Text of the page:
Friday, January 10, 2014
Bad Dogs and Bad 'Dogs
A new year has not led to some dogs I know to make resolutions about improving their behavior.
In fact, I know one (whose name shall not be mentioned) dog that decided the new year was a good time to start being bad.
We received a call a few days ago from a nearby neighbor------amazing reversal of events----wondering if we had seen their dog.
Most calls from that residence are like yesterday's: informing me that a Border Collie, possibly Brooke, is over at their house.
When I went to retrieve Brooke, this neighbor and I had a conversation about our bad dogs. She informed me that the "trust factor" was slowly coming back for their dog after he had run off from home a couple of times.
This conversation occurred as I watched another dog at the house behind this neighbor chase Brooke off toward the very woods from which she had come for a visit.
That would be our woods.
I cheered and almost went over and hugged that "good" dog.
On this trip to the neighbors, I did not have to use biscuits to lure evasive Brooke. I also did not have to lament the wet paw marks on the car seats because she went home with her tail between her legs.
When I pulled into the driveway, Brooke met me at the garage door.
Unlike her characteristic "catch-me-if-you-can" approach, Brooke begged to be let into the garage with four other "good" dogs who get locked up every time Brooke sneaks away.
"What's wrong with this picture?" good dogs probably ask.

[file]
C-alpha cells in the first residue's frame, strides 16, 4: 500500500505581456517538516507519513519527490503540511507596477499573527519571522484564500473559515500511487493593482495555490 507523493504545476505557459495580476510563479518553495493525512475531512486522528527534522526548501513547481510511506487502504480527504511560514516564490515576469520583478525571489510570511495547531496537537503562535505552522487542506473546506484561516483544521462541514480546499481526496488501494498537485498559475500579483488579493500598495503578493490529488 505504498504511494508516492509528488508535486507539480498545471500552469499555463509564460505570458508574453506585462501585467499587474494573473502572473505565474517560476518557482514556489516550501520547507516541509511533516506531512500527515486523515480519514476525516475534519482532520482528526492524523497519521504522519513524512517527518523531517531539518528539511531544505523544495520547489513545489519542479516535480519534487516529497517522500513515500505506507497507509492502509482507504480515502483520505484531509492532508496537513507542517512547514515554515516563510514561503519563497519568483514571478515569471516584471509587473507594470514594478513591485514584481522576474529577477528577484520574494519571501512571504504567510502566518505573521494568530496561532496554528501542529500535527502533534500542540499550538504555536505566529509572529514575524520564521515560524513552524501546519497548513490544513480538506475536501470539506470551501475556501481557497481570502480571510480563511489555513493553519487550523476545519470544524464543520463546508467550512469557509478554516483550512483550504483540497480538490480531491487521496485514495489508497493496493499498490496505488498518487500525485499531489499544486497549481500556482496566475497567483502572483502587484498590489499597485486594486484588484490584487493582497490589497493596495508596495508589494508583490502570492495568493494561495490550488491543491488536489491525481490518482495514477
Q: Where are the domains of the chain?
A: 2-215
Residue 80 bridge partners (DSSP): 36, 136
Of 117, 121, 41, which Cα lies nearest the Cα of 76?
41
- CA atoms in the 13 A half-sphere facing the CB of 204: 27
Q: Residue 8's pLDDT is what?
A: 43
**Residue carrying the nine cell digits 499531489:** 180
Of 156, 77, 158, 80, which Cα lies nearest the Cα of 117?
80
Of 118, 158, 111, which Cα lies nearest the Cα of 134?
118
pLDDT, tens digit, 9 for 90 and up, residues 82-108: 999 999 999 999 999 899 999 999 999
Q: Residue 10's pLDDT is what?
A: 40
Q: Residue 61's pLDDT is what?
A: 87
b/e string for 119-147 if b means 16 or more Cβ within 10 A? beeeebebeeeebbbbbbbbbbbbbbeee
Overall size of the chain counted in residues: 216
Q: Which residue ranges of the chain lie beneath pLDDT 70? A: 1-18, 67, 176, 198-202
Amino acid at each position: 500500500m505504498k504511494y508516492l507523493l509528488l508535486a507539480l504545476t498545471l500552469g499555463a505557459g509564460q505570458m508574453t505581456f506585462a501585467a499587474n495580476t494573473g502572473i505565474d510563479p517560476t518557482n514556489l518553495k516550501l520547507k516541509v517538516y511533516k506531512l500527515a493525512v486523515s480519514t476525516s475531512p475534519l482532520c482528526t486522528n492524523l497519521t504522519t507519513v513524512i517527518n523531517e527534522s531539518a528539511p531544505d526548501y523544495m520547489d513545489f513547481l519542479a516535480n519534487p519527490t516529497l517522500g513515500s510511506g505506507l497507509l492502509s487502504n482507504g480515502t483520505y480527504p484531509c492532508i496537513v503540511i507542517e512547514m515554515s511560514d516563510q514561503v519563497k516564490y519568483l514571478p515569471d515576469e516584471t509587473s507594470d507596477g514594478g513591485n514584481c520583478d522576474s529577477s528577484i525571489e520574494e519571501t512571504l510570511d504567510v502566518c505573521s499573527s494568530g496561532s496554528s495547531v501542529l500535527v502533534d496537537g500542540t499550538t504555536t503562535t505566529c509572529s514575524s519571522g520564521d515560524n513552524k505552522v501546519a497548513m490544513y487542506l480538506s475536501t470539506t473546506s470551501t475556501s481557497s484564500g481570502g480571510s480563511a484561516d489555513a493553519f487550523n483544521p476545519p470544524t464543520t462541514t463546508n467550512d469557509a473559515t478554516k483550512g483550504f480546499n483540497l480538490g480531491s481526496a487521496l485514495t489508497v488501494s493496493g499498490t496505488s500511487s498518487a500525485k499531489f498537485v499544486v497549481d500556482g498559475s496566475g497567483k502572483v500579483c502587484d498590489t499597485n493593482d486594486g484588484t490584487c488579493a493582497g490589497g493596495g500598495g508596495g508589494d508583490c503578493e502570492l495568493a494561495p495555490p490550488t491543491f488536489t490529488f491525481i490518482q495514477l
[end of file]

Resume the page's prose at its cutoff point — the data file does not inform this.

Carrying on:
In fact, they probably wonder that thought every time they see me seething and hear me cussing after calling for Brooke a couple of times with no success and then ordering them to "report."
Kea always puts her head down in total disgust, obviously grumbling under her breath as makes her way to the garage. I know what she's saying, but I don't have time to discuss the matter.
I have to go bring Brooke back home.
Brooke knows that garage door really well. In one case, it symbolizes a reason to play keep-away during those moments when the two-legged friend is insisting that she report to the garage.
Brooke has that "evade-your-captor" dance down so well that these days Debbie puts the leash on her before letting her out of the car each morning that the doggies come to Grandma's grandpuppy day care.
Brooke has also found a fun new twist related to that door. She has figured out how to open it from the INSIDE. Brooke is one smart puppy, too smart for her own good.
When she came casually ambling out the door yesterday while I was plowing, figuring she was gonna let the whole herd out to freedom, I yelled at her in my somewhat "emphatic" teacher voice.
For once, she'd been caught in the act. Brooke cowered, immediately turned around and returned to the garage. I'm betting Kea got a chuckle out of that one.
Well, that's enough of the "bad dog" news for today.
I really don't even want to talk about the other "bad 'dogs" from yesterday. This bunch, when released from their kennel, didn't know what to do.
Freedom from the ZAGS Kennel was too much for our beloved BULL---dogs last night.
They just kinda scattered all over the basketball court over there in Portland, shooting aimlessly and looking shell-shocked by Portland's all-out blitz.
Looked like those Pilots from Portland had sniffed out some tails and learned how to deal with them.
It also looked like these 'dogs had spent way too much time in the kennel and that they needed to get out and see some different sights and learn how to deal with them.
In short, it was a sad game for the ZAGS and their fans.
Adding to the disaster was the fact that it was another one of those games on the season's schedule that don't start until my bedtime.
That made it all the worse because, as the outcome began to appear more bleak 90 minutes after my bedtime on a night when I'd already dozed off a couple of times waiting for the game to begin, I turned off the TV and COULD NOT SLEEP.
Counting dogs----bad and good---did me no good until about 2 a.m.
Today's another day, though, and maybe all the bad 'dogs or dogs will find a way to make things right next time they escape their kennels.